Donald Trump is set to formally unveil Mike Pence as his running mate on Saturday, capping a chaotic roll out that sources say included a dramatic night of soul-searching on whether he had settled on the right man.
The presumptive Republican nominee will stand side-by-side on stage with the Indiana governor in Manhattan — 24 hours later than planned, since Trump postponed the original event in the wake of the terror attack in Nice, France.
Trump’s selection of Pence — who is seen as a safe pair of hands in Washington — was one of the most conventional steps the billionaire has taken in an unorthodox campaign.
But his pick lost much of the political impact that campaigns normally try to build around a vice presidential selection due to a disorganized and leak-prone process. It revealed a candidate second-guessing himself over his decision and a campaign that doesn’t seem ready for prime-time.
In the end, and appropriately given the role of social media in his campaign, Trump took to Twitter on Friday to unveil the worst-kept secret in politics — that he had chosen Pence to round out the GOP ticket.
And on Saturday, he took to Twitter again, seeking to rebut reports that he experienced second thoughts about picking Pence, whom he does not know well, insisting he had wanted him all along.
“Look forward to introducing Governor Mike Pence (who has done a spectacular job in the great State of Indiana). My first choice from start!,” Trump wrote.
Trump and Pence hope to fire up Republican grassroots voters over their new partnership and build momentum as they march towards the Republican National Convention, which begins in Cleveland on Monday.
The nomination sets up a stark clash in styles between Trump, a brash presumptive nominee with a tendency to freelance into controversies juxtaposed with a cautious former congressional leader who’s stuck close to conservative orthodoxy since starting his career in talk radio.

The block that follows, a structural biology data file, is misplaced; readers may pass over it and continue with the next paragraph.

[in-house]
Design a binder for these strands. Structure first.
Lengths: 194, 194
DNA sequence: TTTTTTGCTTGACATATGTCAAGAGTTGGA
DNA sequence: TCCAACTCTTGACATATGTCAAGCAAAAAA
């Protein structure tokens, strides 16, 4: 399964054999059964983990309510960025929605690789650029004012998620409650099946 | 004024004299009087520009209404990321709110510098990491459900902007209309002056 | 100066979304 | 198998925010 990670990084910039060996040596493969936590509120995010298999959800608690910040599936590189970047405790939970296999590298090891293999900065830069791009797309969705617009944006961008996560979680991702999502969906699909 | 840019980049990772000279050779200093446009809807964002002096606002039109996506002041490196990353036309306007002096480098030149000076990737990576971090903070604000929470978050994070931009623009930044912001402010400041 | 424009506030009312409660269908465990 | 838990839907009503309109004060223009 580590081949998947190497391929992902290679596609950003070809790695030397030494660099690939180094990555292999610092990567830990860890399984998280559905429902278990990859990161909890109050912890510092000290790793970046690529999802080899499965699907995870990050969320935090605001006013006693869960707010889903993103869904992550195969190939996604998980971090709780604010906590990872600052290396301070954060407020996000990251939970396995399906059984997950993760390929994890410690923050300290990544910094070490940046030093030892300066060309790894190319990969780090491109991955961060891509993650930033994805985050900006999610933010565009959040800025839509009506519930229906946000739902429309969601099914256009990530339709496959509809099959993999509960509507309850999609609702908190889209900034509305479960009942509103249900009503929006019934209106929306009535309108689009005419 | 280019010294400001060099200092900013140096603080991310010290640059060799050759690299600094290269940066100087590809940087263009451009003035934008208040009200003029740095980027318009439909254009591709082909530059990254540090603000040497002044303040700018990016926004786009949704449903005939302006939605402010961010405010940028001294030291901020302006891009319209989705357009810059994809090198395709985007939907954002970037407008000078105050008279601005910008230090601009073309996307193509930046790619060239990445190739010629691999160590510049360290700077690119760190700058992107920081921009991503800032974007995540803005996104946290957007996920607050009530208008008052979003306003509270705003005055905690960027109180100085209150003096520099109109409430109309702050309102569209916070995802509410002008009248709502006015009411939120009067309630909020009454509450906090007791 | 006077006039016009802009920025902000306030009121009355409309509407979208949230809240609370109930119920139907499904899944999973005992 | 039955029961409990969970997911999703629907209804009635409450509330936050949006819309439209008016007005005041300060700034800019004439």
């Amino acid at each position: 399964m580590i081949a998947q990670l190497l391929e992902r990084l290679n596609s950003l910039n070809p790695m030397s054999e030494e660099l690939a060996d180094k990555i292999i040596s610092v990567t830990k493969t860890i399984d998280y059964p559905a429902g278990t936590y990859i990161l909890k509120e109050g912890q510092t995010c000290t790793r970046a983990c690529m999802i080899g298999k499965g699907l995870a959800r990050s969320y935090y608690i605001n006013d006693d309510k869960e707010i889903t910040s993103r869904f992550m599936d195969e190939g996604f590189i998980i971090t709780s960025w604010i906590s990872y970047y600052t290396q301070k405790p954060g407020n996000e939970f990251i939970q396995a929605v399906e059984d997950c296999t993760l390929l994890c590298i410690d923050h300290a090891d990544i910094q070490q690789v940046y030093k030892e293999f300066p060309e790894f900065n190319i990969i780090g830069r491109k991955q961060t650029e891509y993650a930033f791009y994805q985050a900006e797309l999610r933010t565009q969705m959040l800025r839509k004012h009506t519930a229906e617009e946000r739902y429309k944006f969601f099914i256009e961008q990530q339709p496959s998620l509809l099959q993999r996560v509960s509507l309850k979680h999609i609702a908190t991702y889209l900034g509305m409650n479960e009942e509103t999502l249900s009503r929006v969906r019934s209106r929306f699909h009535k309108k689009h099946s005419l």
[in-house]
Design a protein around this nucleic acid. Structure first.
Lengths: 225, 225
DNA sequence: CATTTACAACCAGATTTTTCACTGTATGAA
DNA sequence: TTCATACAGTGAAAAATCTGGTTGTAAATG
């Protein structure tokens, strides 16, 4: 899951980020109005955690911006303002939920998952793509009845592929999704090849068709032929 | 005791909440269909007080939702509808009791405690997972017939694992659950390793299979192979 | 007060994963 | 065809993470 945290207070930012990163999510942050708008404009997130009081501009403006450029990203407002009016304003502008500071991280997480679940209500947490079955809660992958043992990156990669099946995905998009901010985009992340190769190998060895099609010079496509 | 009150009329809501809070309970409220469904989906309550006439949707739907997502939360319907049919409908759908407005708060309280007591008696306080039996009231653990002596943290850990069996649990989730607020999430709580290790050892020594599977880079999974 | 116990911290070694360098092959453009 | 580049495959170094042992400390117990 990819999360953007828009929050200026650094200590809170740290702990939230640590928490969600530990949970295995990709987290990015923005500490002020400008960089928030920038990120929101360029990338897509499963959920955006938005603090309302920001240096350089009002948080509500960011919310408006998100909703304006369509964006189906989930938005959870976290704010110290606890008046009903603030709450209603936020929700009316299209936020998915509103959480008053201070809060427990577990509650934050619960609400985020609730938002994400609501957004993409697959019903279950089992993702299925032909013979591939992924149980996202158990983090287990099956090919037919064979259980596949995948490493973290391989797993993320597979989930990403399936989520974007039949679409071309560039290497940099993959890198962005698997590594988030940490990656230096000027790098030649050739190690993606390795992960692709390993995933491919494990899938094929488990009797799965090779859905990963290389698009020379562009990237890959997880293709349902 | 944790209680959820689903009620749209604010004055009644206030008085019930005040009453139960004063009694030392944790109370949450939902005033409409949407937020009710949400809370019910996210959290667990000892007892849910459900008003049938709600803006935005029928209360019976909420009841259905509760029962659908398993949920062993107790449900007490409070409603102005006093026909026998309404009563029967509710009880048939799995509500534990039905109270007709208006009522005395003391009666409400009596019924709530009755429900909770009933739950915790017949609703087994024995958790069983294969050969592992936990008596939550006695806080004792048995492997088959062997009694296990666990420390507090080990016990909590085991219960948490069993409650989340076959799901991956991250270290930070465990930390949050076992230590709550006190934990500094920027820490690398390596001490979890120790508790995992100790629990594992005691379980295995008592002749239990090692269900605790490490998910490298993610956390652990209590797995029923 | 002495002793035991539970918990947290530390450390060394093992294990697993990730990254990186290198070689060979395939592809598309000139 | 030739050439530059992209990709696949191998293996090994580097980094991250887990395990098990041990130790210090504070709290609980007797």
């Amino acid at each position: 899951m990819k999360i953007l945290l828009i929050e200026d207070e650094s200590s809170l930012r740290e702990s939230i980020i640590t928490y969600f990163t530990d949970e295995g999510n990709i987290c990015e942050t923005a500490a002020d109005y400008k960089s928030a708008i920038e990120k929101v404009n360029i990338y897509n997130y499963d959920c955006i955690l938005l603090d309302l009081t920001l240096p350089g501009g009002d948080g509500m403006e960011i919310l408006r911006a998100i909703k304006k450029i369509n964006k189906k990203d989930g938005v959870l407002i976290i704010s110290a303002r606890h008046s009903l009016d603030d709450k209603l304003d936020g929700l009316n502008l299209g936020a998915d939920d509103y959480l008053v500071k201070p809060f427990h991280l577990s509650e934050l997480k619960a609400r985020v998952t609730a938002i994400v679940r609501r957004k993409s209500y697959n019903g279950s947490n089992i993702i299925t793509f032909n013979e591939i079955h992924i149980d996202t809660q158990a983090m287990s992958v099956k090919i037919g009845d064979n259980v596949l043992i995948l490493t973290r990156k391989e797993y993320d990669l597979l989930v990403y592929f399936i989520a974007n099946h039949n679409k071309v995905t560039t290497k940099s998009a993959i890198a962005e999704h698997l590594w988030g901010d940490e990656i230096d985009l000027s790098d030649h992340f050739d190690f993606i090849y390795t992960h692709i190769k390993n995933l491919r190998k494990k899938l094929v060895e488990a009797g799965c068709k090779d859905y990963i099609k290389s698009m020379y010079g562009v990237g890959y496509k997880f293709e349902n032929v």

Pence quickly moved into line with some of Trump’s most controversial policies before the roll out.
He said in an interview with Sean Hannity of Fox News on Friday that he was “very supportive” of the presumptive Republican nominee’s call to temporarily ban immigration from nations where there is heavy terrorist activity.
When Trump first announced a more stringent plan for a “total and complete shutdown of Muslims entering the United States” in December, Pence said it was “offensive and unconstitutional.”
The Indiana governor also backed Trump’s proposal for a wall on the southern U.S. border and said Mexico would “absolutely” pay for it.
Pence got an early look at the roller coaster ride he has signed up for over the next four months in the immediate hours after Trump called him to offer him the job and he flew to New York expecting things to be made official on Friday.
He arrived in New York late Thursday only to be alerted by an aide to a Fox News interview in which Trump was insisted he had not yet made a “final, final decision,” despite already asking Pence to be his No 2.
Trump, multiple sources told CNN, was troubled by his gut feeling that he should have gone with his friend, New Jersey Gov. Chris Christie instead, and made calls to his children and campaign chairman Paul Manafort, but was told he could not.
The Trump campaign has denied the reports that Trump had a sudden crisis of confidence over his pick of Pence, which have put the Indiana governor in an awkward position at the moment of joining the Republican ticket.
The Clinton campaign on Saturday sought to capitalize on the fitful vice presidential roll out, releasing a web video mocking the billionaire for being indecisive despite running a campaign based on his decision-making skills.
Pence put a brave face on the drama in an interview with Indiana TV station Fox59 on Friday.
“I’m excited to be joining the ticket tomorrow with Donald Trump. I think he’ll be a great president and I look forward to carrying his message all across this country in the months ahead and serving with him in the next administration,” Pence said.
Trump had initially suggested he would wait until the Republican National Convention to unveil his vice presidential choice, but Indiana law forced his hand. Candidates can’t run for both federal and state office after July 15, meaning Pence had to withdraw his name from his re-election race for governor.
Pence’s attorney Matt Morgan filed the paperwork Friday with the Indiana secretary of state, formally withdrawing him from the governor race.
Pence, 57, was born in Columbus, Indiana, a town about 40 miles south of Indianapolis, where his father ran a chain of gas stations.
A former chairman of the House Republican Conference, he was an early tea party ally, but the staunch social conservative struggled in his sole term as governor of Indiana when he got caught in controversy over LGBT rights.
He did, however, shepherd into law a series of tax cuts in Indiana — slightly reducing the state’s income tax and speeding up the phase-out of its inheritance tax. He’s also overseen a state budget that’s in the black.
In addition, he persuaded President Barack Obama’s administration to accept a state-launched alternative to Medicaid as the vehicle for expanded coverage through Obama’s signature health care law.